Soon after two bombs exploded at the finish line of the Boston Marathon yesterday, videos and photos of the grim aftermath flooded social media and cable news. One image quickly stood out—a man in a cowboy hat rushing a badly injured victim from the scene, and from some reports, clasping the man’s femoral artery in his hands.
The response came natural to Carlos Arredondo, who instinctively reacted by using his training as a fireman and treating injured bullfighters from his native Costa Rica. But he wasn’t just another spectator; he came to support troops and Veterans running the marathon, and carried the memory of his son, Alexander, a Marine who was killed in Iraq in 2004.
Mr. Arredondo and another bystander quickly applied a makeshift tourniquet on a man with a lower leg amputation. Meanwhile, Roupen Bastajian, a Rhode Island state trooper and a former Marine who had already finished the marathon, began applying tourniquets to the legs of several other victims. He joined National Guardsmen who were on the scene to provide crowd control assistance before bombs tore through the crowd. Some were on hand after finishing the marathon with 40-pound rucks on their backs. Their role quickly became a rescue effort.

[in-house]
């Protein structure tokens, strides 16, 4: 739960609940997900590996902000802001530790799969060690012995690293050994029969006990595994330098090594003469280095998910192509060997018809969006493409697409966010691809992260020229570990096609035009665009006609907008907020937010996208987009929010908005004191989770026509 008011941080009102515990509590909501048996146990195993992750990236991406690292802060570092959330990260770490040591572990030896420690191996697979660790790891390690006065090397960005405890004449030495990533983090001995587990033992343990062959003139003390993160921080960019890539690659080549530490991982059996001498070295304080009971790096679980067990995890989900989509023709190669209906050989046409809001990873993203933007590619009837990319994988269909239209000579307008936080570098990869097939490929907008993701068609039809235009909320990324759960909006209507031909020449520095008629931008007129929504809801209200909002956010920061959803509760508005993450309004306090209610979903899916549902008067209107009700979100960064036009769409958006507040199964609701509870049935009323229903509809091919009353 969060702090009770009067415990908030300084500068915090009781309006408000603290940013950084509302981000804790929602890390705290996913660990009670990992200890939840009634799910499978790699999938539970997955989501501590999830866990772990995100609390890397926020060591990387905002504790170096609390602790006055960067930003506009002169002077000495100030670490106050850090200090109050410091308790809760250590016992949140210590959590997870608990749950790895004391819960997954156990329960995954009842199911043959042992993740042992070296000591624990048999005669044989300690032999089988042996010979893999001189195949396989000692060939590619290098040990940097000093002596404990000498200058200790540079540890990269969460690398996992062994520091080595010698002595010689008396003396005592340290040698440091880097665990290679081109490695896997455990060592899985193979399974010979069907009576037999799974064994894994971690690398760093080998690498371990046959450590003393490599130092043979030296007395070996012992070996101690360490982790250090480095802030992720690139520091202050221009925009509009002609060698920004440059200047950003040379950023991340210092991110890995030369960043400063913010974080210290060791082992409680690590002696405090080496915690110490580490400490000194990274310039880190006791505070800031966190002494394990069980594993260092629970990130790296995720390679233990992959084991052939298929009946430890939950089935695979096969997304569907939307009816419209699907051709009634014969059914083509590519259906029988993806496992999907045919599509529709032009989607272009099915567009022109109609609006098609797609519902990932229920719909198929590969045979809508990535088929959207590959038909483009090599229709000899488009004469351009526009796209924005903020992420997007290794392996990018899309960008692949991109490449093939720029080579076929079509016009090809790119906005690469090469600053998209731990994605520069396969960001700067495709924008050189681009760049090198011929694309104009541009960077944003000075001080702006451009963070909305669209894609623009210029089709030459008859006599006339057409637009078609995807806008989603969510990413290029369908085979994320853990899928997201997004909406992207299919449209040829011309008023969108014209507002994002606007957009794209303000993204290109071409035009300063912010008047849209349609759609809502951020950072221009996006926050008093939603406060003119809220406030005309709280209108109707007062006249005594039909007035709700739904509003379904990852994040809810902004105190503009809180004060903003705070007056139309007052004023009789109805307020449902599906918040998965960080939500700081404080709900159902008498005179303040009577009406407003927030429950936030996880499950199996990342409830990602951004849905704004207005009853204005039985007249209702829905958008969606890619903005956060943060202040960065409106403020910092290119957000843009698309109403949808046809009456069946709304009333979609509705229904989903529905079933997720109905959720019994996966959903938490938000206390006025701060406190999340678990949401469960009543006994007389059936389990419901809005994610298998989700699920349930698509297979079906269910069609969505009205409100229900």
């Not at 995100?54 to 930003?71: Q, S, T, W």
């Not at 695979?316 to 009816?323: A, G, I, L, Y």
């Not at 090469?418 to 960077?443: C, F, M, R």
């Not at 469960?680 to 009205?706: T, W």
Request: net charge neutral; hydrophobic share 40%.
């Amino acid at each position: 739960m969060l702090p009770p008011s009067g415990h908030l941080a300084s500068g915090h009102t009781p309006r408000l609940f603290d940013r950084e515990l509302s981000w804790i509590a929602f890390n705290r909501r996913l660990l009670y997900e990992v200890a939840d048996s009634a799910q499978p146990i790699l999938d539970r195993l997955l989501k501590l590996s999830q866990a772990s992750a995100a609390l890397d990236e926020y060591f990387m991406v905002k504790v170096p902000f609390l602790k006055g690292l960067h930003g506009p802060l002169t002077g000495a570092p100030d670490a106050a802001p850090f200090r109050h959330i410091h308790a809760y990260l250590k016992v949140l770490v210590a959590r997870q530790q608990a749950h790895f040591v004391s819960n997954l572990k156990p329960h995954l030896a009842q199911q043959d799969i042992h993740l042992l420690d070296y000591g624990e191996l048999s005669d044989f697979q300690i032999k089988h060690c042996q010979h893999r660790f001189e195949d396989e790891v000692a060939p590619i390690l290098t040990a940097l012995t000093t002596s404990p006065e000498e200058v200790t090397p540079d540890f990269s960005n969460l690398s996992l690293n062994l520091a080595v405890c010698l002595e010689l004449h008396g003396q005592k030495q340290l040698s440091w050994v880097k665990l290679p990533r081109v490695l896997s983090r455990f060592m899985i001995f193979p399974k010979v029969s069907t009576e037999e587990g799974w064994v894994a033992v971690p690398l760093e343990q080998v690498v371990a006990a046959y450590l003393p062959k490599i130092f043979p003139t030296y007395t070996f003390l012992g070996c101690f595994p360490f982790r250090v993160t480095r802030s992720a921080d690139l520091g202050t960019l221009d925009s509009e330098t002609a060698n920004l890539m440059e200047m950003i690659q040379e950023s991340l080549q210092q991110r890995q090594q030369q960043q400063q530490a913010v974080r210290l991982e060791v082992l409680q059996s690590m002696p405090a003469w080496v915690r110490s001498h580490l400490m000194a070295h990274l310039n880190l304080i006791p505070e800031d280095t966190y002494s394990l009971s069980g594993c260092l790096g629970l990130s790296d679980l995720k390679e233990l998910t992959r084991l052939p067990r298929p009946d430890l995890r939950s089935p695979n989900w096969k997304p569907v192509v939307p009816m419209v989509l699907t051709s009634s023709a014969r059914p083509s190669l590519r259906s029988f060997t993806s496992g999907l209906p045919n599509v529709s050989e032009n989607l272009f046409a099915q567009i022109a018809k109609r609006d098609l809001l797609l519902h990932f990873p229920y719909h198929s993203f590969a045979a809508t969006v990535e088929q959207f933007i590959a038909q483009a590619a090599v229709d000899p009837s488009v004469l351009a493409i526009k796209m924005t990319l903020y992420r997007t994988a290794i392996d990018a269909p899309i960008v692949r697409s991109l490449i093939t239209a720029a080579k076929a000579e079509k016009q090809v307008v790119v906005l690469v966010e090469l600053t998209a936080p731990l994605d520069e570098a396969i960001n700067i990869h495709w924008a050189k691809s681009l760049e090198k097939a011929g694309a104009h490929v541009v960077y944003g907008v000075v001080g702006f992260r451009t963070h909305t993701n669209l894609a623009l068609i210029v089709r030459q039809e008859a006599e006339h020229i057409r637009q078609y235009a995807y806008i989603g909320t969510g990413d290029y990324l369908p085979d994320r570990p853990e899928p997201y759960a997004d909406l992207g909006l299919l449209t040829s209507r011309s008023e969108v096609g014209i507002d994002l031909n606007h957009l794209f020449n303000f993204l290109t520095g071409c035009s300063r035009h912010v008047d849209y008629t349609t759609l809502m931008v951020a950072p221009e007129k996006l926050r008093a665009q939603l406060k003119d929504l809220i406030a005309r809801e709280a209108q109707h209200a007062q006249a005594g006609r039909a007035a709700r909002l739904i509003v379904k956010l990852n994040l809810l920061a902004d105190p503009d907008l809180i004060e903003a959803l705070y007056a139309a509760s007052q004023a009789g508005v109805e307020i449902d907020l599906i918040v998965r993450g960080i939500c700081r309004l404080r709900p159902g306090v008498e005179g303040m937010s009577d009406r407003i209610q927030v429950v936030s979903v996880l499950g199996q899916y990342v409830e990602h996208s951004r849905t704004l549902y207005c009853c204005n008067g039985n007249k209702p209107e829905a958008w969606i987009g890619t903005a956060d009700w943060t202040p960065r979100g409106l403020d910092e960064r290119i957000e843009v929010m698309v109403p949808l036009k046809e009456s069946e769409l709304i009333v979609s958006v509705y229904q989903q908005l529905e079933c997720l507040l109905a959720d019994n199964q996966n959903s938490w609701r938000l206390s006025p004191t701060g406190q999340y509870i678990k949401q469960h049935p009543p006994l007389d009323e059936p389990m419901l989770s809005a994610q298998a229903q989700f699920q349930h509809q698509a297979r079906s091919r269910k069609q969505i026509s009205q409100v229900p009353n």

Team Red, White and Blue, a Veterans group that brings together Vets and civilians through sports, had 17 of its members on hand at the marathon. One member used his shirt to provide aid to another bystander—quick thinking that seems to come natural to people experienced with complex and traumatic situations.
It’s barely been 24 hours since the attacks, and there’s still a lot we don’t know about what happened. One thing we do know is this: because of the wars in Iraq and Afghanistan, there are many people in the country that are skilled in treating traumatic injuries like amputations and traumatic brain injuries. Physicians have a larger breadth of knowledge about these injuries than a dozen years ago, and lessons learned from the wars undoubtedly saved many lives in operating rooms in and around Boston.
But there’s another consequence of two long insurgent campaigns, where horrific bombings and amputations are regrettably too common. They have produced hundreds of thousands of men and women who respond to emergency situations quickly, effectively, and with tremendous compassion. Monstrous acts like the marathon bombing are only effective when good people fail to respond in that manner.
Team RWB has already vowed to keep that idea going strong. They are planning response runs to show solidarity for the victims of the bombings—and to show the country their skills and experiences are lifelong imprints that in any moment could save another.
Photo courtesy Team Red, White and Blue.